public programs large public screening room small public screening room small public screening room exhibition space lobby ticket booth/reception/staff bookshop/video rental cafe education/technical support director’s office administrator’s office (4) offices for agency groups (6) edit rooms resource/film/video library computer lab for 20 students (2) conference rooms media supplies (2) classrooms @600 each climate controlled print/video collections equipment storage room (3) staff rooms staff break room sound stage/production studio sound-recording studio photocopy/office supplies/mailroom artists-in-residence (6) residence suites w/bathrooms+study small kitchen with pantry dining for 12 living/study laundry room shared outdoor dining space-private

square feet 3520 2400 2400 1200 2,160 800 324 324 12804 144 144 600 1200 1500 324 600 200 1200 1200 324 800 324 3200 324 200 11960 2400 324 324 600 100 100 3848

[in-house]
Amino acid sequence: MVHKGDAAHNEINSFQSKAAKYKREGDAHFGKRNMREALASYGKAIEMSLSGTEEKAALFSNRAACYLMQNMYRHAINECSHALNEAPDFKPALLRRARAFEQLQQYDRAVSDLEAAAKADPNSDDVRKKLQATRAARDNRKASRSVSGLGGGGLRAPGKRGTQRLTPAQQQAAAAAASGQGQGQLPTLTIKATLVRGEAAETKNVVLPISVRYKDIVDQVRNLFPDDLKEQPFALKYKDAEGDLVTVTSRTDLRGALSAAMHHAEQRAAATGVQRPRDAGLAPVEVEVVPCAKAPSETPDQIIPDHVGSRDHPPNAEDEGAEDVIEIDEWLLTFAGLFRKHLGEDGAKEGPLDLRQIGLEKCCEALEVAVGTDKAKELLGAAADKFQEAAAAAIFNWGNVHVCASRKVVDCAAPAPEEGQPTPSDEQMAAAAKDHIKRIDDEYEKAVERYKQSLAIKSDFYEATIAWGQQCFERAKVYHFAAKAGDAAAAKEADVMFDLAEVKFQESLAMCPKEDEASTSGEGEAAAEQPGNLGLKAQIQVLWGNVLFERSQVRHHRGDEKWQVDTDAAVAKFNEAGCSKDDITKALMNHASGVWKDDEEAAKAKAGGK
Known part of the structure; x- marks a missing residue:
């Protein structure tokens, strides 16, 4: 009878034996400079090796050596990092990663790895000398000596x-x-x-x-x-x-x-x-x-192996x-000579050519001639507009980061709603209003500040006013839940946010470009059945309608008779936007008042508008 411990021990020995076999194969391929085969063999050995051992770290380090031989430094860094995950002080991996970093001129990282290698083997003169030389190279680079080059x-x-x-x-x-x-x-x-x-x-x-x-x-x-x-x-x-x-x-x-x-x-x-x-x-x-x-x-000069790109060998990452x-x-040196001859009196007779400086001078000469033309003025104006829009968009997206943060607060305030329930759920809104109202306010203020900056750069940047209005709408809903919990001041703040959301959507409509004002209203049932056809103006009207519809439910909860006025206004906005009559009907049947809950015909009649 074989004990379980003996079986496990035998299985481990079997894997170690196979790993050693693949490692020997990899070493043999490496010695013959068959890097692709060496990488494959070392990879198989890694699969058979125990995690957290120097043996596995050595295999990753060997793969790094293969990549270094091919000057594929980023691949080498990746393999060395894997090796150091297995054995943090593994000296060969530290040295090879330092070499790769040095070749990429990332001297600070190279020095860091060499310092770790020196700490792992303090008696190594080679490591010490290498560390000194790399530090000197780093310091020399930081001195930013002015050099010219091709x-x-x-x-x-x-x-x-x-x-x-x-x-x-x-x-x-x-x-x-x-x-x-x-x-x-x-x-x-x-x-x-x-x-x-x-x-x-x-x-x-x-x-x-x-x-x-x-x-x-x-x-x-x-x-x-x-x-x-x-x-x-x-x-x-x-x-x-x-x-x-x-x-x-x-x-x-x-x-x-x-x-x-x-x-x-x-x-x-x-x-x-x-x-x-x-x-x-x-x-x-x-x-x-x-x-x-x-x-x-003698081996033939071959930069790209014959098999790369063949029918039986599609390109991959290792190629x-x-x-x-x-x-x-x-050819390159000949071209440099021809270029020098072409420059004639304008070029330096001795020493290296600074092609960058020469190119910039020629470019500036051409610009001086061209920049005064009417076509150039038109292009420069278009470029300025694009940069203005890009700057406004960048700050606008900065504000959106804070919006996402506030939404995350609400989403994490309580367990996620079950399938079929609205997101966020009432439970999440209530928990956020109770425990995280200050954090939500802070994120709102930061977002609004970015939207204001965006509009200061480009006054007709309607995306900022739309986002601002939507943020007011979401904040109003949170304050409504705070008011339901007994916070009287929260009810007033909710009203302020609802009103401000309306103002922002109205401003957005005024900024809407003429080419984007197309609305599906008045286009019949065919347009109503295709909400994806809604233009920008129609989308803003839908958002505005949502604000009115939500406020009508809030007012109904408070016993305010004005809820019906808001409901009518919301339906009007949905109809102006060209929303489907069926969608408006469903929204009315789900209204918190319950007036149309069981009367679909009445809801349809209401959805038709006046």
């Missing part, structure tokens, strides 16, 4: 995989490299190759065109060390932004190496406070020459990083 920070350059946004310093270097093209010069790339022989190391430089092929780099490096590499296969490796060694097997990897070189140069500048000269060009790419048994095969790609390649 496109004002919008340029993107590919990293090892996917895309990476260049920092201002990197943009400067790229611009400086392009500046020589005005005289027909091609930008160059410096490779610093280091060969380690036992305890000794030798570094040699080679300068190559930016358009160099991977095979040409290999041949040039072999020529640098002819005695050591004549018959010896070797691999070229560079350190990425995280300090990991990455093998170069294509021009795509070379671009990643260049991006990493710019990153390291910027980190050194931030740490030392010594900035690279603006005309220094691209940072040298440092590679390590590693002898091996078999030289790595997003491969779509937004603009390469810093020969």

building services shipping/receiving/packaging power shop building superintendent mechanical equipment/electrical corridors/egress/stairs bathrooms/janitor’s closet elevator(s)

324 600 100 600 1500 3124

total 30% for circulation etc.

31,736 41,256


DIAGRAMMATIC MODELING


WRITE-UP 1


In one sentence I would hope to explain my film institute as “Engaging with the public through the senses”. The design intent is to have interactions with the occupants; and therefore the occupants have unconscious views and interplays that happen within their surrounding by touch, see, taste, feel, and hear. I want it to be a journey through the institute, however also a journey through ones senses. A main focus of my design is to work with the issues we already have, just not always been aware of. Interacting floor plates allow occupants to share experiences with the part of the building they are constantly touching. Ramping through the lobby and exhibition space produces views, excitement, and also allows the ground floor to be left as is. Old vs. new is also a reoccurring theme throughout my project. I am trying to be sensitive to what is already there and working, to what I believe could use new areas of excitement. I also hope to allow views to be shown from almost every angle in the structure. Experiencing through the senses I also hope there to be distinctions between dark vs. light, open vs. closed, etc.